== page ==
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Fed minutes expected to give more clues about rate cut trajectory

The Federal Reserve’s stance on interest rates is a significant point of uncertainty as we enter 2024. The latest details on this matter may emerge from the readout of the last policy meeting of 2023, which took place in mid-December.

During that meeting, the Federal Reserve held the policy interest rate steady in the range of 5.25% to 5.5%. However, projections were provided, indicating that most officials anticipate a need for interest rates to decrease by at least three quarters of a percentage point over the year. This is tied to the expectation that inflation will steadily decline to the Fed’s target of 2%.

The minutes from the December meeting could shed light on how close officials believe they are to the point where a less restrictive monetary policy is necessary to maintain a soft landing. The goal is to ensure that inflation continues to decrease without causing significant damage to the job market.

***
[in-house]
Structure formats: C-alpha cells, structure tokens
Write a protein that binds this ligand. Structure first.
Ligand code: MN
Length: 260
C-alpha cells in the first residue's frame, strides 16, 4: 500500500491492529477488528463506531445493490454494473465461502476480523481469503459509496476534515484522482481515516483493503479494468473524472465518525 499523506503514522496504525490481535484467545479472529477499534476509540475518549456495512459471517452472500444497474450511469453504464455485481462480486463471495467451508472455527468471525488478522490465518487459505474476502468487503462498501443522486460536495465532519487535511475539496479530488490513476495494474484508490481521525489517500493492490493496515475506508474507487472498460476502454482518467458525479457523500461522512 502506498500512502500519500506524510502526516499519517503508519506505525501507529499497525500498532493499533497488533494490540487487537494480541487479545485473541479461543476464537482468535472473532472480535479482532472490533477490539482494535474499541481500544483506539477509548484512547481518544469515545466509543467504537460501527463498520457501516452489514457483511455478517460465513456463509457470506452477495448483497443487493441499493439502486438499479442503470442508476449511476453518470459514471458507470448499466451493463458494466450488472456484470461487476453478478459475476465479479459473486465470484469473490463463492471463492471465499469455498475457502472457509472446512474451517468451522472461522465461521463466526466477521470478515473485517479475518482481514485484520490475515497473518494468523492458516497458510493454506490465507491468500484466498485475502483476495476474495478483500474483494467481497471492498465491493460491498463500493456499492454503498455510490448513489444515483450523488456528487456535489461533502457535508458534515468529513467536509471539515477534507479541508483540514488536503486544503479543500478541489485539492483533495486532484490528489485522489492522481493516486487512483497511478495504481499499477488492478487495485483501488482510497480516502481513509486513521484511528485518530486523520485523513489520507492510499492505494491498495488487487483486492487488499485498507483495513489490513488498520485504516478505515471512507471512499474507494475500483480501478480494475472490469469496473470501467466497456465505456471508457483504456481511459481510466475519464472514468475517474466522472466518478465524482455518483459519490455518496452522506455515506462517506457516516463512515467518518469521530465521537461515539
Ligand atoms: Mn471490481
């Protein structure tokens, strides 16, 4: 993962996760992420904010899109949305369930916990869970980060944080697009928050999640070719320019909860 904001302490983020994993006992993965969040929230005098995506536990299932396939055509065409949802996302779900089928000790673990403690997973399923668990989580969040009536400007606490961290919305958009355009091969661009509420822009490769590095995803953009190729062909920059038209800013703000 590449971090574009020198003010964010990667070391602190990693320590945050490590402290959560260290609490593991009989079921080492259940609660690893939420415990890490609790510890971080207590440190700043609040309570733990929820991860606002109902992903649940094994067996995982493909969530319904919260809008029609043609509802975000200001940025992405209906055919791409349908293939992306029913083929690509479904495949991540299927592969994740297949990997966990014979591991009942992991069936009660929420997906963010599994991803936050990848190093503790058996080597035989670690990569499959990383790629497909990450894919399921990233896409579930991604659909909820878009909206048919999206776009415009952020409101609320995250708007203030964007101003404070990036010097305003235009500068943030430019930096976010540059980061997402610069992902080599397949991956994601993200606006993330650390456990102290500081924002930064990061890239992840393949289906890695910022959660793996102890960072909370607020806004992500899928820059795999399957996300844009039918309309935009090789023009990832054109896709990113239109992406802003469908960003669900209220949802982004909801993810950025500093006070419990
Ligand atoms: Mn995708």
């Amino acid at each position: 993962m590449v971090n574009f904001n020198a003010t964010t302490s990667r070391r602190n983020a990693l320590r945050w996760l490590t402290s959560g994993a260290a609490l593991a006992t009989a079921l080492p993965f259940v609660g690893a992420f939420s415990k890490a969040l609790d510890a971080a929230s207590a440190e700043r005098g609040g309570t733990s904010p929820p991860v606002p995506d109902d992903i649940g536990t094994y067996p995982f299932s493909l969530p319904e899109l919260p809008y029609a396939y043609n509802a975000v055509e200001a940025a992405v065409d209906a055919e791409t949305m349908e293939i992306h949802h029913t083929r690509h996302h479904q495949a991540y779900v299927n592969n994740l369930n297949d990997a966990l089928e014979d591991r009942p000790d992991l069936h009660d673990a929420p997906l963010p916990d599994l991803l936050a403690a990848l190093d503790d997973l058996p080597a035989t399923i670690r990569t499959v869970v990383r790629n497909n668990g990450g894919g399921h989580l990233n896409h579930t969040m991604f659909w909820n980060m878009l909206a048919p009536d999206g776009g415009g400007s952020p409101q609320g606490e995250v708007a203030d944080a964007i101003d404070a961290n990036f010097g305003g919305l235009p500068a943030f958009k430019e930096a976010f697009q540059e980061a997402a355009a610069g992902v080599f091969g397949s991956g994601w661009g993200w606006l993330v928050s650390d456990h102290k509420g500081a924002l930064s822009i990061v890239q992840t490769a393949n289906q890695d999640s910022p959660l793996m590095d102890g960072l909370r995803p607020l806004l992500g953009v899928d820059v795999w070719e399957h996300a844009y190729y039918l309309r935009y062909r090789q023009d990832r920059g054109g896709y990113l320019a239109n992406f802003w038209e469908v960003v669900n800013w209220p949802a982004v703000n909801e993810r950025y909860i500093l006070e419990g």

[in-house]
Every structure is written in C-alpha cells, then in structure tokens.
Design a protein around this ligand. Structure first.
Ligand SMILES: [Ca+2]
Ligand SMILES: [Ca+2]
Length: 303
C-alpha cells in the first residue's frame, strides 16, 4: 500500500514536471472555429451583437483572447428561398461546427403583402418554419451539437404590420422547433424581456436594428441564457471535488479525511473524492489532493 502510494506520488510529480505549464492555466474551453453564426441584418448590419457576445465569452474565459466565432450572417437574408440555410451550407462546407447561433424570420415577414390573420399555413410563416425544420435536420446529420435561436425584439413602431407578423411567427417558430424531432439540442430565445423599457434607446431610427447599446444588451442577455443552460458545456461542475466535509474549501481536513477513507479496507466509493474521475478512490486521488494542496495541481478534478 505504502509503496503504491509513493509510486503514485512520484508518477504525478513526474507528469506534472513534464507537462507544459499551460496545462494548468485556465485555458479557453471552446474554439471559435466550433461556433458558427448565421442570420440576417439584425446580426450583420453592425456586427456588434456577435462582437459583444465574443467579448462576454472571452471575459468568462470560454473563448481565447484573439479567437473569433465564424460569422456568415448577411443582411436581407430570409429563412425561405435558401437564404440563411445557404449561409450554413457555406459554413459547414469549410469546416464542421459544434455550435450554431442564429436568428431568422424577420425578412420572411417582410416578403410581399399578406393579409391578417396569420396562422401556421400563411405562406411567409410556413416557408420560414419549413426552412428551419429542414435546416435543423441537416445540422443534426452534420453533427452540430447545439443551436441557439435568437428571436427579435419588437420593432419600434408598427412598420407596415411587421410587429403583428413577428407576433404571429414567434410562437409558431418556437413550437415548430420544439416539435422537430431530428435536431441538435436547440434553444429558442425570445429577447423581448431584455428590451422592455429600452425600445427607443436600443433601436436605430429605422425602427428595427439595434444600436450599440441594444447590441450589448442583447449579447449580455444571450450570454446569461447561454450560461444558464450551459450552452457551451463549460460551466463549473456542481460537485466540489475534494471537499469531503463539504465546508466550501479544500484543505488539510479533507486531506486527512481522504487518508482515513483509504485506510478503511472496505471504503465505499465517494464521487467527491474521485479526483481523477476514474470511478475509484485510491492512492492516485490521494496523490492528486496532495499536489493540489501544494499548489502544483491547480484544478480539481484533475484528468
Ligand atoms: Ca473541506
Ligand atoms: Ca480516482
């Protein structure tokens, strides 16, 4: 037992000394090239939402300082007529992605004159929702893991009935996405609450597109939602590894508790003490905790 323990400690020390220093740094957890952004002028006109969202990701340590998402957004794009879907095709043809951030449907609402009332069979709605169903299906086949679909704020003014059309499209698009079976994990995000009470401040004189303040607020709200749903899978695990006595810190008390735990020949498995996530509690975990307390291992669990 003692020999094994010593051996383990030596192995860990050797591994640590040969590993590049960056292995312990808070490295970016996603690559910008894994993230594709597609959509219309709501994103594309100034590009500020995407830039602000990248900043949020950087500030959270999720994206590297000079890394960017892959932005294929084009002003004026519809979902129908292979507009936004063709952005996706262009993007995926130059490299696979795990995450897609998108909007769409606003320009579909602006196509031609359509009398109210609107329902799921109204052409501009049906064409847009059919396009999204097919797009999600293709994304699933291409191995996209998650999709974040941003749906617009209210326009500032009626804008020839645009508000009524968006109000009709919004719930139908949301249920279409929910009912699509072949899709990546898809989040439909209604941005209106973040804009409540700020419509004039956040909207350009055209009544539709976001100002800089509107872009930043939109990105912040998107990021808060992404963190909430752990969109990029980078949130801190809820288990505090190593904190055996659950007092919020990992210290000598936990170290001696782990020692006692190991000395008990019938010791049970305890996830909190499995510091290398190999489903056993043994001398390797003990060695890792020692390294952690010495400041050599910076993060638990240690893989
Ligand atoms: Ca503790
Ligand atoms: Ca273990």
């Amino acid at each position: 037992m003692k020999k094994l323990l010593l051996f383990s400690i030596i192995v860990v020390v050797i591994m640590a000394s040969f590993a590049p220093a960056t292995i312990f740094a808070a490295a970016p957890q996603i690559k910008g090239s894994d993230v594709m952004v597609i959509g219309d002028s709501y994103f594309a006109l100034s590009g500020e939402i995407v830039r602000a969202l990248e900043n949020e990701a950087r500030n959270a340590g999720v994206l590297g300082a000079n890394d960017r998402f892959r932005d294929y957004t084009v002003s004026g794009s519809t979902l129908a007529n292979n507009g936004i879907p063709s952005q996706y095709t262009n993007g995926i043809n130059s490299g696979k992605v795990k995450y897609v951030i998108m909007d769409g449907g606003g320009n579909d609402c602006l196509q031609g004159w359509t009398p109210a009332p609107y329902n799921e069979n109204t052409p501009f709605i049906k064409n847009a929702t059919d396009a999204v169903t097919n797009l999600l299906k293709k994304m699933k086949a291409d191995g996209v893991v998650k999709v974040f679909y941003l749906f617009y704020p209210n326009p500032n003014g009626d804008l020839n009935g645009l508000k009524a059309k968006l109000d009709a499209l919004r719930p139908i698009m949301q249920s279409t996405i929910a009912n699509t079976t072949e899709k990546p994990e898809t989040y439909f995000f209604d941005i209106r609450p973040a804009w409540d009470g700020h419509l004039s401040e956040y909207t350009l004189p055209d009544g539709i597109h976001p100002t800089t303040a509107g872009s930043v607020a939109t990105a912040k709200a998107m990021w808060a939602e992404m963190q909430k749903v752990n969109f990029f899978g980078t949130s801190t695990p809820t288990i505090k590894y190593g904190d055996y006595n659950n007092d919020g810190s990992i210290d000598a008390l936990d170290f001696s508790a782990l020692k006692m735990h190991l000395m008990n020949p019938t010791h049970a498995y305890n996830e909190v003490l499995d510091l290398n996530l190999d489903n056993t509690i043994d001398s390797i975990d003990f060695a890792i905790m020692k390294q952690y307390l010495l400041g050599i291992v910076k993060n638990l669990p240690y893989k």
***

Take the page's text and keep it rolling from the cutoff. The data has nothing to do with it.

While the minutes may not explicitly point to a rate cut in March, which is currently expected by investors, they are likely to signal the Fed’s increasing confidence as inflation appears to be on a trajectory towards price stability. Economic data released since the last meeting is also expected to influence this shift in policy direction.

Fed Chair Jerome Powell has previously mentioned that rates would need to fall before inflation returns to the 2% target to avoid being too late. Economists generally anticipate that the Fed could start reducing rates around June.

However, if inflation data turns out to be weaker than expected, there’s a possibility of a rate cut as early as March. Investors are strongly supporting this view, also expecting the central bank to cut rates by 1.5% by the end of the year—twice what Fed policymakers themselves anticipate. The discrepancy between investor expectations and Fed projections underscores the uncertainty and dynamic nature of the economic landscape.